Biography of U.S. President Ronald Reagan Part 3 Early Career
About the United States President Ronald Reagan, biography and history of his early career as a Hollywood actor.
PROFILES OF THE PRESIDENTS
RONALD WILSON REAGAN
BEFORE THE PRESIDENCY
He returned to a film industry beset by labor-management disputes between the unions and the studios. Political turmoil polarized Hollywood into leftist and rightist groups. In the heat of argument, the charge of Communist infiltration of the unions began to be heard. Reagan's own union, the Screen Actors Guild, of which he had become a board member in 1938, was battling the studio bosses for benefits. As a liberal Democrat like his father, opposing communism and adhering to the principles of Franklin D. Roosevelt's New Deal, Reagan projected himself into the controversy. With his career in a holding pattern, he was collecting a star salary of $3,500 a week but being offered no quality roles. Reagan began to develop a consuming interest in film industry politics and joined organizations like the Hollywood Independent Committee for the Arts, Sciences, and Professions; the United World Federalists; and Americans for Democratic Action. He immersed himself in the activities of the Screen Actors Guild. In 1947 he was elected SAG president, a post he held until 1953; he served another term in 1959--1960.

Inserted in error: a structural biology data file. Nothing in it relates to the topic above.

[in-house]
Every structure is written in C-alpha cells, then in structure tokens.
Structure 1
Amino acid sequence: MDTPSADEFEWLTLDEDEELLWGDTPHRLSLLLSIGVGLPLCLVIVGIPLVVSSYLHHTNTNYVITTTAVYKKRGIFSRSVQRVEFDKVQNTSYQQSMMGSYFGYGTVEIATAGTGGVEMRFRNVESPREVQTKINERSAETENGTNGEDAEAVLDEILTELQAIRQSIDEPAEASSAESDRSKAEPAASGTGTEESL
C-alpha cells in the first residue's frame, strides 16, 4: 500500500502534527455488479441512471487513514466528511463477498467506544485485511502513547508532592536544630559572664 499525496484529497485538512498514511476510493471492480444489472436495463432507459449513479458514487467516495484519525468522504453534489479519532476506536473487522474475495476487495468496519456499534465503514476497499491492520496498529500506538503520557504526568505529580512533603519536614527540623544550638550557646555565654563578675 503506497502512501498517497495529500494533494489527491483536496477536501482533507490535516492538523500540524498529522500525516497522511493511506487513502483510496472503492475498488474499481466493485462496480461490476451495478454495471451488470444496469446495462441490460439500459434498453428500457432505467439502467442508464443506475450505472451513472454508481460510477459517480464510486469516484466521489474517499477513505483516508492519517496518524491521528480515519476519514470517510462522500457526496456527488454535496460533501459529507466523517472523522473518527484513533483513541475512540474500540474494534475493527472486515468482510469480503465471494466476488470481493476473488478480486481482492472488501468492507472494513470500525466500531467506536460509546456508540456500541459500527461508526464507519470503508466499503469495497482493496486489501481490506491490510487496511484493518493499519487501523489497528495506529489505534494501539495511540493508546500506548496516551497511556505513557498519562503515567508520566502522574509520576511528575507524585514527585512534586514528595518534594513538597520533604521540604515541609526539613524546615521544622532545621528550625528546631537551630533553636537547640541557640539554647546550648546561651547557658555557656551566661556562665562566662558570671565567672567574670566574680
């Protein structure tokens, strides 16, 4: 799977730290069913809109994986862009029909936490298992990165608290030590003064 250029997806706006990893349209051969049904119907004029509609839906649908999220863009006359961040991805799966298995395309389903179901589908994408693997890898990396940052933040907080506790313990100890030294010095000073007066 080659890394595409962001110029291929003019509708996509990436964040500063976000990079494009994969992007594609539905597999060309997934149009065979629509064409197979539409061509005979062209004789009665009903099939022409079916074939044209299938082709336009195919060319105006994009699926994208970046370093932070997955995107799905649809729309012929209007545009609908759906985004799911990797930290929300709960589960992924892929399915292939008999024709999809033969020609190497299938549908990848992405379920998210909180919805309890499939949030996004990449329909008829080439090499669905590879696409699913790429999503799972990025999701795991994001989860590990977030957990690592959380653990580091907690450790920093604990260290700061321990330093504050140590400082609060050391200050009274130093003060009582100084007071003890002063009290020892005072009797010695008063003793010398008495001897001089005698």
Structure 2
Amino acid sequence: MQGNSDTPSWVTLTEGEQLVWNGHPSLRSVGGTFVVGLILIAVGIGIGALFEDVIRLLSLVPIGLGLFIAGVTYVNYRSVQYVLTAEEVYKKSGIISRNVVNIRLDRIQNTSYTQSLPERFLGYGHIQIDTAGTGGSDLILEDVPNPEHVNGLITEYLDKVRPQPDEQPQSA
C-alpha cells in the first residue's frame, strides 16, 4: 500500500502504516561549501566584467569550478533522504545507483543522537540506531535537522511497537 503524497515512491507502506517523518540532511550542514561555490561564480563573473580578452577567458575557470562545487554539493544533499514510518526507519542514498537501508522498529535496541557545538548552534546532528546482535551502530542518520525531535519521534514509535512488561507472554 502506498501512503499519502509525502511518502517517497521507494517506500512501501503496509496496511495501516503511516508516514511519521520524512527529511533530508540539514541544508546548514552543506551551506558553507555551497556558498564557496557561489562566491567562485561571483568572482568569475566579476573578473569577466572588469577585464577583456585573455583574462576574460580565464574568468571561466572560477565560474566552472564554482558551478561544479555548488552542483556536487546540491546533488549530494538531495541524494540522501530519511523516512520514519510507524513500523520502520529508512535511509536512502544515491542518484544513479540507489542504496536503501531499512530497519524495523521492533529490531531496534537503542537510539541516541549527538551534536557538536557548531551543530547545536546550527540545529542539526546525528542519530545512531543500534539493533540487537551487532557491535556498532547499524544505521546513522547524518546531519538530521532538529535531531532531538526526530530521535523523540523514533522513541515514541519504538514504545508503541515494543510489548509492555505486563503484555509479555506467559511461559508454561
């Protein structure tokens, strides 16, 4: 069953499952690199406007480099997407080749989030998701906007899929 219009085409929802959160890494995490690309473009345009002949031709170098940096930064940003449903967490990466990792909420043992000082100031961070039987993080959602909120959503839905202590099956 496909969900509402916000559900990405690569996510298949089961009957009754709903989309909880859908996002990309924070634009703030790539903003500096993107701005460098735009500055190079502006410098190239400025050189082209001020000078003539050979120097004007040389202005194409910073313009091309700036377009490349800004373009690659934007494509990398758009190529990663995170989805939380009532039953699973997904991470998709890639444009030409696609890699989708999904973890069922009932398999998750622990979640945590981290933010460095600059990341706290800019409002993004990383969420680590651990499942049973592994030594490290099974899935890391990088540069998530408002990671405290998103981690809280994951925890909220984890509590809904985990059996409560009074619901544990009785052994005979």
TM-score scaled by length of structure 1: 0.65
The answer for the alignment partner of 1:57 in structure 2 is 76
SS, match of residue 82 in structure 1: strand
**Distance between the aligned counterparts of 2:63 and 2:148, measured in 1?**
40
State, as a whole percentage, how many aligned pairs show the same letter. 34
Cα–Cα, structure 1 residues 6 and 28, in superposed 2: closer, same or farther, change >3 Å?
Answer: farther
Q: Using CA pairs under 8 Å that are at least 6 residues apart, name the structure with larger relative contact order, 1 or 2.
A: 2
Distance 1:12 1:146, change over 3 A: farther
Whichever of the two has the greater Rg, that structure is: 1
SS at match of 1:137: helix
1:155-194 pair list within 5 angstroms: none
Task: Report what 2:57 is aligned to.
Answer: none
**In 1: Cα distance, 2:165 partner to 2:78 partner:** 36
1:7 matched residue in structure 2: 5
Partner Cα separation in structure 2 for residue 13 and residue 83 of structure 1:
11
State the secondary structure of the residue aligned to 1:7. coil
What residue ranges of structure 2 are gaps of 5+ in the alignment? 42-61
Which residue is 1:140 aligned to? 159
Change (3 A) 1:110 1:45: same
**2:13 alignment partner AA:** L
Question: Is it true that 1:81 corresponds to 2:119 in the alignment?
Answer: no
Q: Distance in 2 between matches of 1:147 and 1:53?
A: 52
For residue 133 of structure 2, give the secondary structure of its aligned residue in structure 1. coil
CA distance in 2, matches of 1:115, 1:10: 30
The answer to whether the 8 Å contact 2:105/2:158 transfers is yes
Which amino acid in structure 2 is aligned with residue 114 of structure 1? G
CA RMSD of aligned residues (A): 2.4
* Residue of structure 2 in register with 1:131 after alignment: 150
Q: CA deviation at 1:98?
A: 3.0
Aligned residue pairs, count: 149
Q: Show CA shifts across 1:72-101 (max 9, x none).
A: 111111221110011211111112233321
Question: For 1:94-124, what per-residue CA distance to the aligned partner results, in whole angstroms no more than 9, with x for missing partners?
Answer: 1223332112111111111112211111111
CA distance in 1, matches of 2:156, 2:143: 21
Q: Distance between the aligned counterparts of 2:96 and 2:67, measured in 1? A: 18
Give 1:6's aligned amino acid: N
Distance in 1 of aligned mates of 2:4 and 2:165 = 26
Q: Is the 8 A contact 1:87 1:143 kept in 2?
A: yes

Reagan recalled the mid-1940s as his "hemophilic [sic] liberal" days, when he bled for every cause. Discovering that several of these causes were too far left, he resigned his memberships and turned to a new political entity, the House Un-American Activities Committee, in his efforts to preserve Hollywood's freedom. In October, 1947, he testified as a "friendly" witness at the committee's hearings, and he encouraged others to reveal the identities of writers, directors, actors, and union leaders who were supposed agents of an international Communist conspiracy. Said Reagan: "The Communist play for Hollywood was remarkably simple. It was merely to take over the motion picture business, not only for its profits, as the hoodlums had tried--but also for a grand worldwide propaganda base." By 1948 Jane Wyman had filed for divorce, claiming his obsession with politics had undermined their marriage. A year later he was single again, still stalled in his career but involved in the motion picture industry's power centers. In 1949 he was elected chairman of the Motion Picture Industry Council.
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